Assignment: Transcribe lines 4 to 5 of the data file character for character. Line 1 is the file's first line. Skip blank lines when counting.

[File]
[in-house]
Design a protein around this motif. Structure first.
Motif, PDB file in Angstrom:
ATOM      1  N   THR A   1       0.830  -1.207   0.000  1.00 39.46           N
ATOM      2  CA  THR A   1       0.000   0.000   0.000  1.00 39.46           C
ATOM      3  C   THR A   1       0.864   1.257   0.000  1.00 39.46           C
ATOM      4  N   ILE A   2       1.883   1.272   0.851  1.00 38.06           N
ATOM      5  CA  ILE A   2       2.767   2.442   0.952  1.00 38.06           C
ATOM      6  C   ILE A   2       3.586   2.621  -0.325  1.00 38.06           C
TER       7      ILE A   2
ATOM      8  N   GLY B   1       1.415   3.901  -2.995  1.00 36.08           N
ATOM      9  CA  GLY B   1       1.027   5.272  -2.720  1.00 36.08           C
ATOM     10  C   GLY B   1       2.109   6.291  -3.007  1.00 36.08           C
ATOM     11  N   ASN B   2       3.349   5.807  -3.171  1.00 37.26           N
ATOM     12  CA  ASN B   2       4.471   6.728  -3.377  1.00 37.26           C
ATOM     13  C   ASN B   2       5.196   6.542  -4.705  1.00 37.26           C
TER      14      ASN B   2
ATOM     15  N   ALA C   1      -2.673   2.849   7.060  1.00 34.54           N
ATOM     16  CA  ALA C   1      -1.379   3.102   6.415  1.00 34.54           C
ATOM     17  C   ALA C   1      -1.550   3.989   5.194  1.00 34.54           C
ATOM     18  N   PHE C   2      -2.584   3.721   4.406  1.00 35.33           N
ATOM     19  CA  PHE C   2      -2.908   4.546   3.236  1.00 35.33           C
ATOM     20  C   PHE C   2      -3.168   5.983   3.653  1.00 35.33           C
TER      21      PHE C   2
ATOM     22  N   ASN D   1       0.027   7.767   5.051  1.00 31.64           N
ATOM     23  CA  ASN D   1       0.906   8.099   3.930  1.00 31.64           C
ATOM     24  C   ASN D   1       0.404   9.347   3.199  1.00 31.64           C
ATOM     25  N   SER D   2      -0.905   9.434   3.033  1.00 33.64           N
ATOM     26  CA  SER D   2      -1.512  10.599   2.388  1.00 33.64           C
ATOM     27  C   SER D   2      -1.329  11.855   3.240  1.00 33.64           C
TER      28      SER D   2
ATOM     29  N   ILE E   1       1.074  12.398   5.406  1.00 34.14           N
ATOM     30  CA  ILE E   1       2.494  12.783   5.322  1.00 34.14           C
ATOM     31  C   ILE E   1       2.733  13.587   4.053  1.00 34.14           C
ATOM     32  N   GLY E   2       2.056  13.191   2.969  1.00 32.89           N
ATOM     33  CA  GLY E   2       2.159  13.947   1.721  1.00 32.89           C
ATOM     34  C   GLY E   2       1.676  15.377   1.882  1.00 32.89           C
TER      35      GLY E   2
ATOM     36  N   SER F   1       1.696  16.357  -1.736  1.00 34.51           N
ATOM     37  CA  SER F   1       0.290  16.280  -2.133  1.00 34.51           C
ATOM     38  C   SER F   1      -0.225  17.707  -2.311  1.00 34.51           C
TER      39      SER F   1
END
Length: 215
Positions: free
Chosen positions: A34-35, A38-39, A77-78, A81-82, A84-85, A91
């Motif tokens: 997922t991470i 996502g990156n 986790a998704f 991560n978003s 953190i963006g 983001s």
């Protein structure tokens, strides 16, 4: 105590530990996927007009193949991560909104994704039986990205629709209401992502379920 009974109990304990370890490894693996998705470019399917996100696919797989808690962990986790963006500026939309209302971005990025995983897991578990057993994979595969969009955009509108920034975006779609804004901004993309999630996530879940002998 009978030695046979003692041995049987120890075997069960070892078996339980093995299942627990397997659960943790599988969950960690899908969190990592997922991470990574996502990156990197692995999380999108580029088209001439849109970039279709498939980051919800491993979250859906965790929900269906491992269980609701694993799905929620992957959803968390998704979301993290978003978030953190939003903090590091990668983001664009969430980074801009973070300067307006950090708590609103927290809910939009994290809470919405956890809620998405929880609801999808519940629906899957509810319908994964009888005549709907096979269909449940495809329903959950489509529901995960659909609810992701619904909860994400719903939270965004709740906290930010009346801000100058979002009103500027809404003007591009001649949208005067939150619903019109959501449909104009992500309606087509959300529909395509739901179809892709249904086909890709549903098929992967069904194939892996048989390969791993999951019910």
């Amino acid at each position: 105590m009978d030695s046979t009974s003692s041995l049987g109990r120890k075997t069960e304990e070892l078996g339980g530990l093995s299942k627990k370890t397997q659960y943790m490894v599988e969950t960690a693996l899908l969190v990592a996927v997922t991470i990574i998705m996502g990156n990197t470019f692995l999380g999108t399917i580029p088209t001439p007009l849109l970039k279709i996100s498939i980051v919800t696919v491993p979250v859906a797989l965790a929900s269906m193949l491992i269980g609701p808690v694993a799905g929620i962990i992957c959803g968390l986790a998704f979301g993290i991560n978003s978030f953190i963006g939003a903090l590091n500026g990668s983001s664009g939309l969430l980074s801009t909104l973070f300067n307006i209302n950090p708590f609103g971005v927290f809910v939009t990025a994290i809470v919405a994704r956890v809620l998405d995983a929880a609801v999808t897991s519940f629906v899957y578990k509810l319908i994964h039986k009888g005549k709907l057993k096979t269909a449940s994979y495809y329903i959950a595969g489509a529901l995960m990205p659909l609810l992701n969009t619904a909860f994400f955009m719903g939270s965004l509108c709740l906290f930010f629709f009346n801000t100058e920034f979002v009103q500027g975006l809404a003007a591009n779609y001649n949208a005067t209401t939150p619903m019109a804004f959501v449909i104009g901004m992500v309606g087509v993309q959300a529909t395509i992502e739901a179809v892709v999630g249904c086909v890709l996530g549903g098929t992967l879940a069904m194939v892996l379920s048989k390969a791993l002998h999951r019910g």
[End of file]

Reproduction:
ATOM      1  N   THR A   1       0.830  -1.207   0.000  1.00 39.46           N
ATOM      2  CA  THR A   1       0.000   0.000   0.000  1.00 39.46           C